Preferably, a known arrangement may be provided for preventing stacked blocks 11 in a tier from shifting relative to the blocks in an adjacent lower tier. For the exemplary block 11, two knobs 23 project from the top 19 equidistant from the face 16. A groove 24 is formed in the bottom of the block 11 so that when the block 11 is stacked on top of another block 11, the bottom groove 24 on the upper block receives the top knobs 23 on any adjacent lower blocks. It should be appreciated that the bottom groove 24 may be omitted from the blocks which form the lowermost tier of a retaining wall and that the top knobs 23 may be omitted from the blocks which form the uppermost tier of the retaining wall. If the retaining wall is to have a vertical face, the knobs 23 and the groove 24 will have the same spacing from the face 16. If the face of an upper tier is to be offset behind the face of an adjacent lower tier, the knobs 23 on the lower tier will be spaced further from the face of the blocks in the lower tier than the spacing of the groove 24 from the face of the blocks in the upper tier.

According to the invention, a groove 25 is formed in the block top 19 to extend substantially parallel to the block face 16 to the rear of the knobs 23. Preferably, a top rear corner 26 of the groove 25 is slightly rounded or relieved for reasons which are described below.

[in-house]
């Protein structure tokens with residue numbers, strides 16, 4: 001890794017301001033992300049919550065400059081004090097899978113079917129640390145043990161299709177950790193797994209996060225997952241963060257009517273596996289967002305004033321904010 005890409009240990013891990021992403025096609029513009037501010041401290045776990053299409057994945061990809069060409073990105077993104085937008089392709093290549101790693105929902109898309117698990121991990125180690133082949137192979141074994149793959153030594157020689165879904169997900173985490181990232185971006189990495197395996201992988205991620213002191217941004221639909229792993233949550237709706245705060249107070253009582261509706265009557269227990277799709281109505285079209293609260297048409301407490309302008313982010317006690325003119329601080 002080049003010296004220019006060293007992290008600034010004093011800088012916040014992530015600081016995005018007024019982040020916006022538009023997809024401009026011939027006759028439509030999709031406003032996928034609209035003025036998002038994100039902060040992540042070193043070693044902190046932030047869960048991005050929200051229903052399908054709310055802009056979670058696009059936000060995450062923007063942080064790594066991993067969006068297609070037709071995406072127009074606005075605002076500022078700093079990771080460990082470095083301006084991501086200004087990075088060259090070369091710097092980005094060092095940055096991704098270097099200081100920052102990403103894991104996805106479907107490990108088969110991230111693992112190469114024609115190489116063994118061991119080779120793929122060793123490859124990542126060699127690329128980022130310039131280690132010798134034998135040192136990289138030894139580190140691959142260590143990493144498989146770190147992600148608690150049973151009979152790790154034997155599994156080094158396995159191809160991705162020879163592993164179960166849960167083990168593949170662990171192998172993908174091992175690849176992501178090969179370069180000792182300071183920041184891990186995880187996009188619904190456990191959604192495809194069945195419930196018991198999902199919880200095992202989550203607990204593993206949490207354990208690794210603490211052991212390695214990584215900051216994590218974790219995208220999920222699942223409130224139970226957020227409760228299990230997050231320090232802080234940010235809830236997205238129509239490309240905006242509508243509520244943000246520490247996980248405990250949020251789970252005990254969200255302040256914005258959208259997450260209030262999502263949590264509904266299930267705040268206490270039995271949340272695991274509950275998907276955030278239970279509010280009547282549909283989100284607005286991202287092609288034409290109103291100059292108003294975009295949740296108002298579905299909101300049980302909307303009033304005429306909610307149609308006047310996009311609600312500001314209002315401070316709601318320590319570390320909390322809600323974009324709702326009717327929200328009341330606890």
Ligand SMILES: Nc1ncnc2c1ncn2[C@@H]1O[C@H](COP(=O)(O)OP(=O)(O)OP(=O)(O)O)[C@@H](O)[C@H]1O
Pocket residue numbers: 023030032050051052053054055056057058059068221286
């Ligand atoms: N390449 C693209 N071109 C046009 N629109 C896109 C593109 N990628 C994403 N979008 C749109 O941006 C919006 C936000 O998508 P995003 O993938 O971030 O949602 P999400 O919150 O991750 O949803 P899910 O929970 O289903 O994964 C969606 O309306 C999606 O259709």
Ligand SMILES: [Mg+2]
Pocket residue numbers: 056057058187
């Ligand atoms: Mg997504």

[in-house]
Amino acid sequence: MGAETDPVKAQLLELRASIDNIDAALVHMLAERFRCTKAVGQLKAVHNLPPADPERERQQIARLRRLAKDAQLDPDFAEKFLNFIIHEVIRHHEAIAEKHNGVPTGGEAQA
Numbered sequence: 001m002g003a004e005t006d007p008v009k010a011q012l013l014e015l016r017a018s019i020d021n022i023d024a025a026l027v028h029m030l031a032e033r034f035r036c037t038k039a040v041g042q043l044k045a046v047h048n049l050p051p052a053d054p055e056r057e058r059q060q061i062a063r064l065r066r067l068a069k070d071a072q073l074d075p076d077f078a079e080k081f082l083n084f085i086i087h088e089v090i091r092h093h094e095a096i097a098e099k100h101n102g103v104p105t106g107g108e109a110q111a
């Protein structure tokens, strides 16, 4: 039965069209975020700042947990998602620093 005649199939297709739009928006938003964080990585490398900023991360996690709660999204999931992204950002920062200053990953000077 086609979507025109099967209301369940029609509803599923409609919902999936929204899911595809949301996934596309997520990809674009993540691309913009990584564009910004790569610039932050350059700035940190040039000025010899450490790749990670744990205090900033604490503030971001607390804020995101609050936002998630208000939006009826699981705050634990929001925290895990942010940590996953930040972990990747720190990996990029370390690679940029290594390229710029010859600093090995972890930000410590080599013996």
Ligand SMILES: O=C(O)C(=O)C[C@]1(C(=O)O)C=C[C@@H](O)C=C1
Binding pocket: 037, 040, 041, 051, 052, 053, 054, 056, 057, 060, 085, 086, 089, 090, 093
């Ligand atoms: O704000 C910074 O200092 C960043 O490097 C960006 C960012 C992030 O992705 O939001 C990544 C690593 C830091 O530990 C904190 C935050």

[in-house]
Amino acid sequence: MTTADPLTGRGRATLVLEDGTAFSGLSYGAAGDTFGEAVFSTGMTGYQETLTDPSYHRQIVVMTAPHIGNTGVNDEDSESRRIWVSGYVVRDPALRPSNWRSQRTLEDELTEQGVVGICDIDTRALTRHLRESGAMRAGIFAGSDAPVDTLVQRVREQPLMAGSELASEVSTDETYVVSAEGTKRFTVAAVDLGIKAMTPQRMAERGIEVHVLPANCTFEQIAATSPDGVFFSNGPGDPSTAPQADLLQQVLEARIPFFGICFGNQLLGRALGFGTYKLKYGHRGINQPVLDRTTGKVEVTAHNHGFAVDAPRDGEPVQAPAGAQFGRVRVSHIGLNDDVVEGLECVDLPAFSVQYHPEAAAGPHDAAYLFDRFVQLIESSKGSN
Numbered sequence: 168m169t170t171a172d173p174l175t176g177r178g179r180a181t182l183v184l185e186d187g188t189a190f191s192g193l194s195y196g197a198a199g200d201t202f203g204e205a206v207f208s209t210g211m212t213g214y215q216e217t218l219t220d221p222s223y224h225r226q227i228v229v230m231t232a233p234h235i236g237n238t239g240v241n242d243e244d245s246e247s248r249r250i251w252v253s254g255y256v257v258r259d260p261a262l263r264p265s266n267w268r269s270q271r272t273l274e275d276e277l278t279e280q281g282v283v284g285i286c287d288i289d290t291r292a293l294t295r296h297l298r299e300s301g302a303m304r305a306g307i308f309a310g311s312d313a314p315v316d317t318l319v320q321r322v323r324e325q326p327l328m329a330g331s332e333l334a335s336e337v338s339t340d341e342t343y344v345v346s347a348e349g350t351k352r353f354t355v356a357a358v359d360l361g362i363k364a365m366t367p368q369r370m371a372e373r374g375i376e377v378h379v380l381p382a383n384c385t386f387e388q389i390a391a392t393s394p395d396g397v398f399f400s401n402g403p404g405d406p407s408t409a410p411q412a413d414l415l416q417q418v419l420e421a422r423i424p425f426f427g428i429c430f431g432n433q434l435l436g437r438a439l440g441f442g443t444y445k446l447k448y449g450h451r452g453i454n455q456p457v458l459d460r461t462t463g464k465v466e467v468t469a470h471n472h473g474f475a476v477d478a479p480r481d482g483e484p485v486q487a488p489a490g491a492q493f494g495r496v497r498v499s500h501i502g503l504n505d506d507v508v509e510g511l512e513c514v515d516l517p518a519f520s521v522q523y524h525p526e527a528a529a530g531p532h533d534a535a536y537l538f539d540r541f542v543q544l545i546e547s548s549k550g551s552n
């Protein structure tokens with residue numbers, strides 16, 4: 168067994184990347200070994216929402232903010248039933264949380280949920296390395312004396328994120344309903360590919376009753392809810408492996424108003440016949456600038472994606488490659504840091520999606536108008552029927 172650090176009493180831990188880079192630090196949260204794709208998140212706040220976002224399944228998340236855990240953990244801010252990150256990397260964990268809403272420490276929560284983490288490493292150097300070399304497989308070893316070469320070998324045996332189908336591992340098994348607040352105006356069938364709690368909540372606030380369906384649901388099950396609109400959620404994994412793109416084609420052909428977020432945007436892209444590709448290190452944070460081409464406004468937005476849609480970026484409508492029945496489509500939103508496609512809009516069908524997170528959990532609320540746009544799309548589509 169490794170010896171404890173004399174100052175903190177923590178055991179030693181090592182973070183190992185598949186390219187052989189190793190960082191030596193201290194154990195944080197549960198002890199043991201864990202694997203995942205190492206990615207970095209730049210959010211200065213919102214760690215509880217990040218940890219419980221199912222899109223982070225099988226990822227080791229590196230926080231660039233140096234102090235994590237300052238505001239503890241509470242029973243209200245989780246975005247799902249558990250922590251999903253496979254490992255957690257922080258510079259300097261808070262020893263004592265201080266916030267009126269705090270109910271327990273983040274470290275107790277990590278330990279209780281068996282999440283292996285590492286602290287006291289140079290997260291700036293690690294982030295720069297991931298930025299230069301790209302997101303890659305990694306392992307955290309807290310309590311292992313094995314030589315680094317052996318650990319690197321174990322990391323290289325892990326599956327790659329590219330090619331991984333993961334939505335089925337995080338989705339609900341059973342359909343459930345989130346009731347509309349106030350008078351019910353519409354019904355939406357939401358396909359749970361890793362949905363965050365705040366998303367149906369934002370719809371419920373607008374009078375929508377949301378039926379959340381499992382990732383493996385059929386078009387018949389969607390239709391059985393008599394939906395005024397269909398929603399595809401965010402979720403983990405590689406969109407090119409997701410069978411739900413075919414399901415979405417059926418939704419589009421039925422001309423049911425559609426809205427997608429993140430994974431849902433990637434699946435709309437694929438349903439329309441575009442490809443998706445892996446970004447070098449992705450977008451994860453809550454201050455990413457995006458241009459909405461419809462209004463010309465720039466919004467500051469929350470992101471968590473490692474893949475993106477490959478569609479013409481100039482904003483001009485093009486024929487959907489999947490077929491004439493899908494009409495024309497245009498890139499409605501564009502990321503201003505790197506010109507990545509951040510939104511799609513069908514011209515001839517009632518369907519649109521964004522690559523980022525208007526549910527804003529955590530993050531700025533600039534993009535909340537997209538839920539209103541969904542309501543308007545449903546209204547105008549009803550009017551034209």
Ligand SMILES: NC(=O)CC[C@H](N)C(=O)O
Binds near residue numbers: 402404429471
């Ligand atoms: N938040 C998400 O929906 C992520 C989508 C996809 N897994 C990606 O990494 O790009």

FIG. 3 shows an end view of a three tier retaining wall 30 having a lower tier 31 of blocks 32, a second tier 33 of blocks 34 and an upper tier 35 of blocks 36. The retaining wall 30 is stabilized with a geogrid system 37 which includes a conventional geogrid fabric 38 secured to the wall 30 between the tiers 33 and 35. The fabric 38 is embedded in the soil 39 to the rear of the wall 30. Preferably, the fabric 38 has perforations or apertures which securely engage the soil 39 to prevent the fabric 38 from being pulled relative to the soil 39.

The geogrid fabric 39 extends over a top 40 of the block 34 and is secured in a groove 41 in the top which extends across the width of the block substantially parallel to a front face 42 of the block 34. If the block 34 is provided with top knobs 43 for aligning the tiers 33 and 35, as shown, the knobs 43 are positioned towards the face 42 from the groove 42.